She said that after entering the house, police pointed guns at her children and stole some of the family’s belongings, adding: “It’s been very traumatic to the family. We’re just barely recovering from the way they came into the house.
My kids are still trying to pick up the pieces from that. I thought it was someone who was coming to assassinate my husband.”
Henry Okah, himself will return to the Johannesburg court today which will determine whether to grant him bail.
Prosecutors say Henry Okah, 45, is the leader of the militant Movement for the Emancipation of the Niger Delta, MEND, and gave the order to detonate the bombs that rocked celebrations to mark the 50th anniversary of Nigeria’s independence from Britain.
Terrorism can’t shut down the country—Senate
Meanwhile, the Senate has said that the country cannot be shut down because of the fear of terrorist attacks. Chairman of the Senate Committee on Media and Information, Senator Ayogu Eze, said while reacting to the closure of all roads leading to the three arms zone by security agencies on Friday last week and Monday this week.
The action of the security agencies was in response to the threat by the Movement for the Emancipation of the Niger Delta that more bombs would be detonated in Abuja very soon.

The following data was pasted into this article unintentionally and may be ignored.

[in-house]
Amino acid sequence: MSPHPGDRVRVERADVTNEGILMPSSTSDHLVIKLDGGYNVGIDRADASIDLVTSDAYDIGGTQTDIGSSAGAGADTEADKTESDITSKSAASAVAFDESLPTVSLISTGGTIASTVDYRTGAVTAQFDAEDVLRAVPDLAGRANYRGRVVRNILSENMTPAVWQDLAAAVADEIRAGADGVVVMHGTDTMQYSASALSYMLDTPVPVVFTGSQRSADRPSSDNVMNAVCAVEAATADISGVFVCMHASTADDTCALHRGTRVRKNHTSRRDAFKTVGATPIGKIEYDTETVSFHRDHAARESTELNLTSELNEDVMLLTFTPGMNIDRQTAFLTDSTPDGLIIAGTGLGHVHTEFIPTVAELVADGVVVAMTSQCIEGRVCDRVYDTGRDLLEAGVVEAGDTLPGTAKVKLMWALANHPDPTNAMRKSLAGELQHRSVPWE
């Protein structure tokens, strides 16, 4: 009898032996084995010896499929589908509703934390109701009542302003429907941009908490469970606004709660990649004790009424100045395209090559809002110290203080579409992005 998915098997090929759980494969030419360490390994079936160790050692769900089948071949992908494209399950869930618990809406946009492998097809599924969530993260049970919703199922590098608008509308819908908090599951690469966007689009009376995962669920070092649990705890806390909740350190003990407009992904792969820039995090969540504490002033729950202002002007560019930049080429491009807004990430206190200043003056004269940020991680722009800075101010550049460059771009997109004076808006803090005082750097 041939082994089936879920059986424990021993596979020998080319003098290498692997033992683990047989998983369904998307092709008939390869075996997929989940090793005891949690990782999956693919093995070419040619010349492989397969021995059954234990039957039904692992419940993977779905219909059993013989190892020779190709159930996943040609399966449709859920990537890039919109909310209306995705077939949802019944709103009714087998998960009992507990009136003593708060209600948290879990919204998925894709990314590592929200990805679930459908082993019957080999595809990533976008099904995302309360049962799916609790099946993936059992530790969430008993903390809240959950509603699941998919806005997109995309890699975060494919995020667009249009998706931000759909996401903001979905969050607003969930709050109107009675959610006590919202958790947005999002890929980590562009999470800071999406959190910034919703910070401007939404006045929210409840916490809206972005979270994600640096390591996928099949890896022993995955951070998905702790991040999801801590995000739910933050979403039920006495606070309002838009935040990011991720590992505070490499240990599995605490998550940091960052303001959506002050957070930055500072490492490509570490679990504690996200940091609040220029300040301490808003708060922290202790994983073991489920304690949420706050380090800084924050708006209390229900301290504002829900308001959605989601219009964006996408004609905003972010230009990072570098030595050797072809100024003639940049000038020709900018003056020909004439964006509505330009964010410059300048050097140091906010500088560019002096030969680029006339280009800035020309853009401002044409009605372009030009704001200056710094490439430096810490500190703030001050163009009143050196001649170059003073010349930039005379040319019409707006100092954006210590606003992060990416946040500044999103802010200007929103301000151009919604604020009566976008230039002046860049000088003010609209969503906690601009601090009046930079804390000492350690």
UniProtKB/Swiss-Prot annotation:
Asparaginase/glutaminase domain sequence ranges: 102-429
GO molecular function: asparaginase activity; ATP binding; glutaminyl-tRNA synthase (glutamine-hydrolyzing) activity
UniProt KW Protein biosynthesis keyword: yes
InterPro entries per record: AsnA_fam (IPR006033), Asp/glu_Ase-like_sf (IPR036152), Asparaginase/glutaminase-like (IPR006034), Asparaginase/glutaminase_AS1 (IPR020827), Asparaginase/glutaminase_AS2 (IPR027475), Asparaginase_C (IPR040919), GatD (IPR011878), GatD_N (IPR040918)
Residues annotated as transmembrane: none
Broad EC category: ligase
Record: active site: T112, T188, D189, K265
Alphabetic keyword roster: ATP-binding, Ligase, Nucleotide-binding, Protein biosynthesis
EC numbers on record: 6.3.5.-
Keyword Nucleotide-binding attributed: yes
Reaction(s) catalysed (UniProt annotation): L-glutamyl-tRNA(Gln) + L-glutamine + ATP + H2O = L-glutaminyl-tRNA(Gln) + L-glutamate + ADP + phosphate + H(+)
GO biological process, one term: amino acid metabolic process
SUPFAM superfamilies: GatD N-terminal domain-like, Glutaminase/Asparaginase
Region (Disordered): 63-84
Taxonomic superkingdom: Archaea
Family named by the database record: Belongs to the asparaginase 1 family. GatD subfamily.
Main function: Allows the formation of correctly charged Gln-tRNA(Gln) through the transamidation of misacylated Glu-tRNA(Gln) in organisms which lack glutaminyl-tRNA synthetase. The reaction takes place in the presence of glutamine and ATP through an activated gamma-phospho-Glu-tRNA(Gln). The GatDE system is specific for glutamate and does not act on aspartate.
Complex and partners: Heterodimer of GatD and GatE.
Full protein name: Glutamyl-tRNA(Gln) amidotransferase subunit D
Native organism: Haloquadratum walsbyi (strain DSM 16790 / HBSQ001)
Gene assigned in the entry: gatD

While the closure of all the roads leading to the three arms zone on Friday was to allow the first lady, Dame Patience Jonathan host her Women for Change Programme, that of Monday was to allow President Goodluck Jonathan commission combat helicopters of the Nigeria Police Force at the Eagle Square, Abuja.
The closure of the roads brought untold hardship as workers of the National Assembly, the Supreme Court, the federal secretariat and other offices had difficult time getting onto their offices.
Senator Ayogu said he was not sure the National Assembly was notified of the closure by the executive arm of government, adding: “But I think that this is one of the problems we are confronting as an emerging democracy because ordinarily, one would expect that before that kind of action is taken, all branches are taken on board because it is a three arm government it is not one arm government.
“We will not shut down Nigeria because of terrorists. I think that the President has assured us that they will work speedily to ensure that life gets back to normalcy.”